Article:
“It was awesome. It was one of the best and hardest experiences of my life,” Bird said. “I’ve never done a race longer than a day. I knew it would be challenging, and it was as hard as I thought it would be.”

Teaming up

Team Honey Stinger/Trek had an official start — it began summer 2009. But that designation was the product of hours of idle comments and years of grass-roots work until its creation was a “well, duh!” moment for those involved.

Bird has long worn the jersey in every race. Zanni, one of the top racers in the state, also wore it any chance he got.

In 2009, though, it became real, and the Stinger stable expanded from whoever felt like pulling a jersey to a collection of diverse riders.

“Used to be I’d be the only person I saw wearing one of our jerseys,” Bird said. “Now, it’s really cool because there will be 15 of us in the same race.”

The Honey Stinger/Trek crew now is at 25.

The company doesn’t ask a lot. Riders must be good, of course. There’s little marketing value in last-place finishes. They can be regulars in the Pro, Class 1 or Class 2 races, and they must, in fact, be regulars.

They must represent the company and its sponsors — Big Agnes or Trek locally, for instance — well and with respect.

“We are certainly looking for fast, solid riders,” Zanni said. “But we’re primarily looking for people who would be good ambassadors for us and our sponsors.”

The 25 are strong. They hail from all corners of the state but are focused mostly in Steamboat, where Honey Stinger is headquartered, and in the Roaring Fork Valley, where Zanni lives.

“It’s who we know in the region and what we wanted to bring to the team,” said Bird, who helps manage the effort with Zanni at Honey Stinger. “We do a good job representing races all through the region. We go to a lot of big races.”

Locally, Kris Cannon is as accomplished as anyone in the region with her dominance on the 24-hour race scene. She’s won the past three 24 Hours in the Sage races in Gunnison and will look to build on her second-place finish at Moab in 2008 in October when she returns to the event.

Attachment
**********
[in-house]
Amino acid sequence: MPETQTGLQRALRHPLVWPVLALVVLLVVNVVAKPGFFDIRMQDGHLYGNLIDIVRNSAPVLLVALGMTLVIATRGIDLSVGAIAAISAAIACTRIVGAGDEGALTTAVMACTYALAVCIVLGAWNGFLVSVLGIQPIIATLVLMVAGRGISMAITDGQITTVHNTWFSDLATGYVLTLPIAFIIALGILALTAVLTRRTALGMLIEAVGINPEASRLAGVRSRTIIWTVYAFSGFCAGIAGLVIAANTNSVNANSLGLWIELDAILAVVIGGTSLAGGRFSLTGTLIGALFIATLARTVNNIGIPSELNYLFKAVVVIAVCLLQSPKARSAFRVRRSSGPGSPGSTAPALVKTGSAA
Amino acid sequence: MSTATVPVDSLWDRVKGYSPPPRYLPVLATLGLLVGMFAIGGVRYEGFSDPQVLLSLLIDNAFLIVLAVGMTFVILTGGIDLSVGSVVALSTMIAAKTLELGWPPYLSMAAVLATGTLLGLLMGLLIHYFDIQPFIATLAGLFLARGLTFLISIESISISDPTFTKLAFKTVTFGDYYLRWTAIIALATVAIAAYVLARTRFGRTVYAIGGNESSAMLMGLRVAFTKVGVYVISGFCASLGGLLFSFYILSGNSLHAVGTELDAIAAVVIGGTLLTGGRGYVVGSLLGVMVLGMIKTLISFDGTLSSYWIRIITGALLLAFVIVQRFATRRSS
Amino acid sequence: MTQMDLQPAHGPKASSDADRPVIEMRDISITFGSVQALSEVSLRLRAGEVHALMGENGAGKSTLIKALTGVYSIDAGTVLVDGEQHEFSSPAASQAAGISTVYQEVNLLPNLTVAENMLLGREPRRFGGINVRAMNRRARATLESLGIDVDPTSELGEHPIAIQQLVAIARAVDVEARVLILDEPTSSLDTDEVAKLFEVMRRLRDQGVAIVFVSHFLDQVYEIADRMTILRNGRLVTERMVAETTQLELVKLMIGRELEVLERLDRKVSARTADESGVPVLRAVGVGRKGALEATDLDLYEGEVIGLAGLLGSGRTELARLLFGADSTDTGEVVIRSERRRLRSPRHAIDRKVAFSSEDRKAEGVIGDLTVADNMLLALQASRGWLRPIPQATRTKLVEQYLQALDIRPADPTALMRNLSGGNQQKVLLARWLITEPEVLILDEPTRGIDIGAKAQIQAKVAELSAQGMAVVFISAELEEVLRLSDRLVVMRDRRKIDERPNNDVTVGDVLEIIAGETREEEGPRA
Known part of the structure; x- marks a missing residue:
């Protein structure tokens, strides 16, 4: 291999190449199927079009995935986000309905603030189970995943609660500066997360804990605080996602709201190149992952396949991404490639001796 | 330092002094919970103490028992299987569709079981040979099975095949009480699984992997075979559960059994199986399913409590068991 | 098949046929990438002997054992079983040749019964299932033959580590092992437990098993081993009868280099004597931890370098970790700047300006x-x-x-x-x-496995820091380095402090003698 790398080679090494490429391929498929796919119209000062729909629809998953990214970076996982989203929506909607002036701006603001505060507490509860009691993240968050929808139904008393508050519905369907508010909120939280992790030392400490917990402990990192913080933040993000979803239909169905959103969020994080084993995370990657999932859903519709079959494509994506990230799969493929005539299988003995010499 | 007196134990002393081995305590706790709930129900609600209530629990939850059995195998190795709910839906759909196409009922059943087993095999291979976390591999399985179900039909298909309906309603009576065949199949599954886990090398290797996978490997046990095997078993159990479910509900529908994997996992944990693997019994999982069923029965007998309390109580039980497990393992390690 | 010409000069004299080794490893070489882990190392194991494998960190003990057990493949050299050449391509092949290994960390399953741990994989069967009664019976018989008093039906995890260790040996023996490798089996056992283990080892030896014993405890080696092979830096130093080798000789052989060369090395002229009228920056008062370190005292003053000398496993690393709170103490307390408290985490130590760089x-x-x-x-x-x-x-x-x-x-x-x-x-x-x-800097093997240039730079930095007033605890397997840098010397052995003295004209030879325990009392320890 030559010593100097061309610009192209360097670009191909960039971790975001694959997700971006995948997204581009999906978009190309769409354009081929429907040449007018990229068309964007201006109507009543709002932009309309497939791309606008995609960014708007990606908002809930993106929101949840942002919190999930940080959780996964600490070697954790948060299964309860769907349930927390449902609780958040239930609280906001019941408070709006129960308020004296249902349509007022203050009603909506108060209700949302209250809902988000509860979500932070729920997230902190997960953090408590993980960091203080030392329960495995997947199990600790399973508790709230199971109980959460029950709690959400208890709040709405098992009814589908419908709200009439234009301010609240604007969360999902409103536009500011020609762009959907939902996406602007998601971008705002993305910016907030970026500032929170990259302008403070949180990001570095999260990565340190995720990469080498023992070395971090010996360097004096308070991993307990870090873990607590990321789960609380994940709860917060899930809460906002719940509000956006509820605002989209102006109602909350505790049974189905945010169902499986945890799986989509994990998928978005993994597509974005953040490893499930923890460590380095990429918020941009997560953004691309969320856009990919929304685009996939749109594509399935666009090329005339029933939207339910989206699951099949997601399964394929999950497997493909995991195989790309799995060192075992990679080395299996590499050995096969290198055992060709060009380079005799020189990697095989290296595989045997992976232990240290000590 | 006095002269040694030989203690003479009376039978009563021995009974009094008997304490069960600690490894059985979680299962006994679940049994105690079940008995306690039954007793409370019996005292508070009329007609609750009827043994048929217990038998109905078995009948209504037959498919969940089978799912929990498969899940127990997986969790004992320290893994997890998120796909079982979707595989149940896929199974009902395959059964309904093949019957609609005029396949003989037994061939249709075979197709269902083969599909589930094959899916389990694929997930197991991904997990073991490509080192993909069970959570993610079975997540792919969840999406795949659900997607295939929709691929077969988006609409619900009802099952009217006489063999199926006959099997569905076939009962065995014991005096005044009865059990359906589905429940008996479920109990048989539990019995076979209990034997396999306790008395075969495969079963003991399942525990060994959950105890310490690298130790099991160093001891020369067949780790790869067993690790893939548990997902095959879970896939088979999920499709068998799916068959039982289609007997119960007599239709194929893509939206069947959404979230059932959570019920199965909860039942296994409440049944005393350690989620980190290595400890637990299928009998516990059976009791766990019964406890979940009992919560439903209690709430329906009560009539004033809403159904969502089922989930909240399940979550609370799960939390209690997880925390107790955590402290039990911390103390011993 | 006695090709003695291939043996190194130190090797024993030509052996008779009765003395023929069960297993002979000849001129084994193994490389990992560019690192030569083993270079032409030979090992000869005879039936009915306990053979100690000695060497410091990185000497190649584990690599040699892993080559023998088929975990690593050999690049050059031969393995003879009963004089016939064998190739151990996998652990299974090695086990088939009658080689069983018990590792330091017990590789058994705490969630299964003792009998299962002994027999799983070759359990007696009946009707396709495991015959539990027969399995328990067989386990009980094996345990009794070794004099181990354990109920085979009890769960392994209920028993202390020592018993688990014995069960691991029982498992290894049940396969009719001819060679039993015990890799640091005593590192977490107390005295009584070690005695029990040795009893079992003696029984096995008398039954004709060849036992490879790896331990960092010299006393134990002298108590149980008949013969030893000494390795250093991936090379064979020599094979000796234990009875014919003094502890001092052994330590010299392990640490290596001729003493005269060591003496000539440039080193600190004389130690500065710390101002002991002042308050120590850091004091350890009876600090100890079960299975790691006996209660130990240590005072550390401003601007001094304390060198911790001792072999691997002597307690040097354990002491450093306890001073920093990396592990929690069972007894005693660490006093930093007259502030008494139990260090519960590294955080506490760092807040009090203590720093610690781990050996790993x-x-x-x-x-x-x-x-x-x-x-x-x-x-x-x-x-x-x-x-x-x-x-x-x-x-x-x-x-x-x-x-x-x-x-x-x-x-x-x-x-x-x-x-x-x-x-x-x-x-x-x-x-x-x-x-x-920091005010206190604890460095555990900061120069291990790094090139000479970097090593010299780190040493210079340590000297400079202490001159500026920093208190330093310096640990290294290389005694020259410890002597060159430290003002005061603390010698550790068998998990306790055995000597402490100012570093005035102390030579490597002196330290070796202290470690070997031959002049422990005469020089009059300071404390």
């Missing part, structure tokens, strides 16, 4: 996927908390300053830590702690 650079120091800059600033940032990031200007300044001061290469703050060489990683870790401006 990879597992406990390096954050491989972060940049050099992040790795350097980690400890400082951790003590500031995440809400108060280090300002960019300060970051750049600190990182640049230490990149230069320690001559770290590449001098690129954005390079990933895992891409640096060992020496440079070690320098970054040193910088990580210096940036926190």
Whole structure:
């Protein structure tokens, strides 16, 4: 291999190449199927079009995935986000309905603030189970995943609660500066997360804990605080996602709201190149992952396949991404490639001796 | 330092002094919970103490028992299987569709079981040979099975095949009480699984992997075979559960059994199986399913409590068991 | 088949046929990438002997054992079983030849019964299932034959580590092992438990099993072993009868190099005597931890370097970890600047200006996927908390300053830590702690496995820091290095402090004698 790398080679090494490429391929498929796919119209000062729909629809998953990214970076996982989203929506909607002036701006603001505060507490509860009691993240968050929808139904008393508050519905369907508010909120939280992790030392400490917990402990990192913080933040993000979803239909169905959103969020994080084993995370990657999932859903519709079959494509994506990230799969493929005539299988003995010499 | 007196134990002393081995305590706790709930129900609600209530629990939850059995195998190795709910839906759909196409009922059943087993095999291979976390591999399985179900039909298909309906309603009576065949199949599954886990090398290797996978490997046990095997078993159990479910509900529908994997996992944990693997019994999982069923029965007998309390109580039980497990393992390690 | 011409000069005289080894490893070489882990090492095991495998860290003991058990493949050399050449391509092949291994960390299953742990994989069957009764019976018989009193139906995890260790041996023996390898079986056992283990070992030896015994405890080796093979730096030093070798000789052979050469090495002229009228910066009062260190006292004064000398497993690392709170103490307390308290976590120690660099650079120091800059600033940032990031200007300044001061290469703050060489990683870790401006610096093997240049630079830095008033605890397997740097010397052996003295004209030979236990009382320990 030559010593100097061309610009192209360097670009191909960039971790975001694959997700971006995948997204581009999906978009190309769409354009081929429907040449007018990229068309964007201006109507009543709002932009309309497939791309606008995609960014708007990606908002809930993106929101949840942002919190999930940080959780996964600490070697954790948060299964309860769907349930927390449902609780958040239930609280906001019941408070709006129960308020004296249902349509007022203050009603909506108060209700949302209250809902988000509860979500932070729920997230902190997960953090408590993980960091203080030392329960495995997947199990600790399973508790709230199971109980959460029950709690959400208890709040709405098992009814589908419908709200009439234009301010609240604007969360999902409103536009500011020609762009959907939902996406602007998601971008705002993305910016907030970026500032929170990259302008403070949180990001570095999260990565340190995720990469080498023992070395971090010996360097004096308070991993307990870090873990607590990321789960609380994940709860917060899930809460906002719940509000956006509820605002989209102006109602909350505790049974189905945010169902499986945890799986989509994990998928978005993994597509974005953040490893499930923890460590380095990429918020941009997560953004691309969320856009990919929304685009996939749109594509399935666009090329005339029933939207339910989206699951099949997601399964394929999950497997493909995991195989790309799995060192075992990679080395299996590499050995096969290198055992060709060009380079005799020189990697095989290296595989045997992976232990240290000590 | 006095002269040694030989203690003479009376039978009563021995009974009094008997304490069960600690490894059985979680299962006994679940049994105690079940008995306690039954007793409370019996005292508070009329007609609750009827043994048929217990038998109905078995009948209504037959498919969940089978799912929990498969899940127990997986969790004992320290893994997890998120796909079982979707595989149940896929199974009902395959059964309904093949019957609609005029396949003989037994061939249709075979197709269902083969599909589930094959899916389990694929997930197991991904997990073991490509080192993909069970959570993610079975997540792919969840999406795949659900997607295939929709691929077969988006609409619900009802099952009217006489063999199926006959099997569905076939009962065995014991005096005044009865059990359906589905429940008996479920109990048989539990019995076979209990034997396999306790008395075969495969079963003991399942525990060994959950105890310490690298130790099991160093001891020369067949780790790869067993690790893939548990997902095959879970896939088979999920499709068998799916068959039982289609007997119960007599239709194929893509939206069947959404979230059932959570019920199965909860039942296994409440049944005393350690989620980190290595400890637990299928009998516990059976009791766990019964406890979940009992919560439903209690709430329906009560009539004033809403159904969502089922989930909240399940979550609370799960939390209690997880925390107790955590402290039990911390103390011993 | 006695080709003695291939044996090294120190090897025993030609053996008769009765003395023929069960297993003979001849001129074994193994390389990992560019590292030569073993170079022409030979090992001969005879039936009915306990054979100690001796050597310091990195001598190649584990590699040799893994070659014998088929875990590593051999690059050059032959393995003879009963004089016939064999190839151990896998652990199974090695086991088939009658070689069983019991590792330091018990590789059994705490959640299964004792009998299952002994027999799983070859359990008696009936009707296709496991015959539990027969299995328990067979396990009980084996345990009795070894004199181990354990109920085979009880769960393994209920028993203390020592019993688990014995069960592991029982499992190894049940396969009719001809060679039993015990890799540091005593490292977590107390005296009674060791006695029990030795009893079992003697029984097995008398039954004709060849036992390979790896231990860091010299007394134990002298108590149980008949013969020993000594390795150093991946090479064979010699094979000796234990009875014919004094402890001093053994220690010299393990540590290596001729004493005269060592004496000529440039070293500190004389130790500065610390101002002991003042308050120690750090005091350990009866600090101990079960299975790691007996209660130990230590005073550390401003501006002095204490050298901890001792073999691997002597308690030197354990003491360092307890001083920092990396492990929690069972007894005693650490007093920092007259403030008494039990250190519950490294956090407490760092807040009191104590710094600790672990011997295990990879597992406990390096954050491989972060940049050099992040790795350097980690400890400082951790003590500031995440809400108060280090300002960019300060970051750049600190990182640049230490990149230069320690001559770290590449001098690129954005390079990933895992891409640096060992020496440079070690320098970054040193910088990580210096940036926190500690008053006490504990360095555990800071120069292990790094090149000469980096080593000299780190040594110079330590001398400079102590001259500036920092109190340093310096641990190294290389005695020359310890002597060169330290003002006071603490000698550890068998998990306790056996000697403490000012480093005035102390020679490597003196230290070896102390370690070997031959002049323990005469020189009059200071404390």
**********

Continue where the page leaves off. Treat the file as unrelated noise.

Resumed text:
The company is looking to expand beyond its current ranks next year, potentially turning Team Honey Stinger/Trek into a presence across the nation instead of just in the Rocky Mountain region.

Bird’s big ideas

Bird too sees his future as more than just one of the company ambassadors to Team Honey Stinger/Trek.

It’s been an important summer for him, the first in which he’s decided to chase podiums in the sport’s big races.

So far, so good.

He has big plans that will next play out in Moab, where there could be as many as five Honey Stinger/Trek teams.

Bird plans to compete in the men’s duo category, again with Massey.

“Moab is the 24 Nationals this year too, and they give stars and stripes jerseys to the winner,” Bird said. “Those are the goal.”

He also is envisioning a return to the race that defined his summer and proved his biking mettle. He’ll join Massey again at next summer’s TransRockies race. And they fully intend to make the podium that narrowly eluded them.

“We have some unfinished business,” he said. “I need to stand on that box.”